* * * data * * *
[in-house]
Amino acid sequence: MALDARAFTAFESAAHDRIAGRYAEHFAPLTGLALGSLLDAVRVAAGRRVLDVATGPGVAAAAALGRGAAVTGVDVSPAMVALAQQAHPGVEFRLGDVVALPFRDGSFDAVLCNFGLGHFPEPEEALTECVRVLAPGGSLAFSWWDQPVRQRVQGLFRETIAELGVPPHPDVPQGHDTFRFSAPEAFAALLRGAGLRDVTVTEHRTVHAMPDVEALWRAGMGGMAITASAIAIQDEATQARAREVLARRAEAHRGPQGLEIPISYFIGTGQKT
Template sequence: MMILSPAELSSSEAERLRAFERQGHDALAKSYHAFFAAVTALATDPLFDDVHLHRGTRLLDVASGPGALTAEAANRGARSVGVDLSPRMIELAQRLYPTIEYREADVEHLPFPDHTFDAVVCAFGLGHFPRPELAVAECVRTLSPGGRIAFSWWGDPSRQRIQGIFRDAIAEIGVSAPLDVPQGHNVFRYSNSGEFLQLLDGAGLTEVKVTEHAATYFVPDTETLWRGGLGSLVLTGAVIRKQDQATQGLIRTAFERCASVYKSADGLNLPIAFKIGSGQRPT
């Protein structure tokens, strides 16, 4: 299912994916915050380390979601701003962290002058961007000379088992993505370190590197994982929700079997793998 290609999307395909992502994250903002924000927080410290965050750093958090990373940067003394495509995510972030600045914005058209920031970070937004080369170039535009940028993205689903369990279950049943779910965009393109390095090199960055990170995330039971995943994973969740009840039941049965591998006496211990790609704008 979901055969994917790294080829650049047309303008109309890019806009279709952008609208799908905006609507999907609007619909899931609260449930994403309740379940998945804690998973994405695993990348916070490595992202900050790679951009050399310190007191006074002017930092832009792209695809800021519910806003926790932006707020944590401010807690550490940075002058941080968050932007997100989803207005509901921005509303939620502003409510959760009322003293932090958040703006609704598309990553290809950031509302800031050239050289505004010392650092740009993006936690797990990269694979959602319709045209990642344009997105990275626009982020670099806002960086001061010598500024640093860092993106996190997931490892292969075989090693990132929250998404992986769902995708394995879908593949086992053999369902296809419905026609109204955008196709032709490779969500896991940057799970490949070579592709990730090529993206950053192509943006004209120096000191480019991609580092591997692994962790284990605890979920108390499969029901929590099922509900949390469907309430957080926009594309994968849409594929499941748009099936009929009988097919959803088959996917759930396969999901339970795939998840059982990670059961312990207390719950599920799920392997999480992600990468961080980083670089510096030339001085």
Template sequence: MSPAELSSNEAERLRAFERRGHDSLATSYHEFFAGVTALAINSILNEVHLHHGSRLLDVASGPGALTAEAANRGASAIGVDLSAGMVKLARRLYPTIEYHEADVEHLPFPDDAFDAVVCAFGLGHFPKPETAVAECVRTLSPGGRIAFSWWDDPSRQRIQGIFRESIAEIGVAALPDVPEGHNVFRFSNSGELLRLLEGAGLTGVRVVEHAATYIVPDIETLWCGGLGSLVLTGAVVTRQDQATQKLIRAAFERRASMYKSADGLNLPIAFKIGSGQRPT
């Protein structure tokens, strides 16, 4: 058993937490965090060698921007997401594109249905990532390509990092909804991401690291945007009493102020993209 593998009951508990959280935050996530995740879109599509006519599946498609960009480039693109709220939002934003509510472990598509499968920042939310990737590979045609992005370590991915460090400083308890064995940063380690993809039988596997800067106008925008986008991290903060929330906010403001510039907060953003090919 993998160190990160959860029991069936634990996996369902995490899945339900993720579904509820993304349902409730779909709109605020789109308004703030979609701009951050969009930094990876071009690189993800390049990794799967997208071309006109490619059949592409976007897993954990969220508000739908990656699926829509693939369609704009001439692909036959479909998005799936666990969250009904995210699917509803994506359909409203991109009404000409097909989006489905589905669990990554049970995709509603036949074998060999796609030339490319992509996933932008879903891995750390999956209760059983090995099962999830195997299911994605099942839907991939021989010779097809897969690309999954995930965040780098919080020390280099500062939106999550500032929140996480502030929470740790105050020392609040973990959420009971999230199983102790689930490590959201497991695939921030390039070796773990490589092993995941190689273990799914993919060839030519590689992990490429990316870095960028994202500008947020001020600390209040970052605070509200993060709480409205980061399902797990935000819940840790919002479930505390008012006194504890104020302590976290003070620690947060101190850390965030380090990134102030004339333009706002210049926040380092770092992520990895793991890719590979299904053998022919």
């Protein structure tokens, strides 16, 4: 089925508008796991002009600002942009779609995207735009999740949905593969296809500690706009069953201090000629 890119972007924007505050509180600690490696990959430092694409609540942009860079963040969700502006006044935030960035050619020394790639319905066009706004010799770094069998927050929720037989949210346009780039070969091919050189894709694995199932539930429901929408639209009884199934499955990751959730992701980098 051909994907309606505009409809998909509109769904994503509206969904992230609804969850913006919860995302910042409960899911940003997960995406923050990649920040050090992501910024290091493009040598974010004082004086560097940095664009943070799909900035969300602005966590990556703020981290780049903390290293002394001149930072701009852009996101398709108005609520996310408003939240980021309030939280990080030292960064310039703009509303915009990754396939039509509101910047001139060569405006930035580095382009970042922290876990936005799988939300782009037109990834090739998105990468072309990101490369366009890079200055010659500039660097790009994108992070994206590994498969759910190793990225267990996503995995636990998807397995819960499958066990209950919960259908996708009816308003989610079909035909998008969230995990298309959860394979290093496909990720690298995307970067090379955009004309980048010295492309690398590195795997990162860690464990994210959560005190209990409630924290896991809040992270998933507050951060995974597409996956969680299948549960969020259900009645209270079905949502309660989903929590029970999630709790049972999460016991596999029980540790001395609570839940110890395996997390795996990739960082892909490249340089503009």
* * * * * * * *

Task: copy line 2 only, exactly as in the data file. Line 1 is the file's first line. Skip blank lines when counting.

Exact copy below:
Amino acid sequence: MALDARAFTAFESAAHDRIAGRYAEHFAPLTGLALGSLLDAVRVAAGRRVLDVATGPGVAAAAALGRGAAVTGVDVSPAMVALAQQAHPGVEFRLGDVVALPFRDGSFDAVLCNFGLGHFPEPEEALTECVRVLAPGGSLAFSWWDQPVRQRVQGLFRETIAELGVPPHPDVPQGHDTFRFSAPEAFAALLRGAGLRDVTVTEHRTVHAMPDVEALWRAGMGGMAITASAIAIQDEATQARAREVLARRAEAHRGPQGLEIPISYFIGTGQKT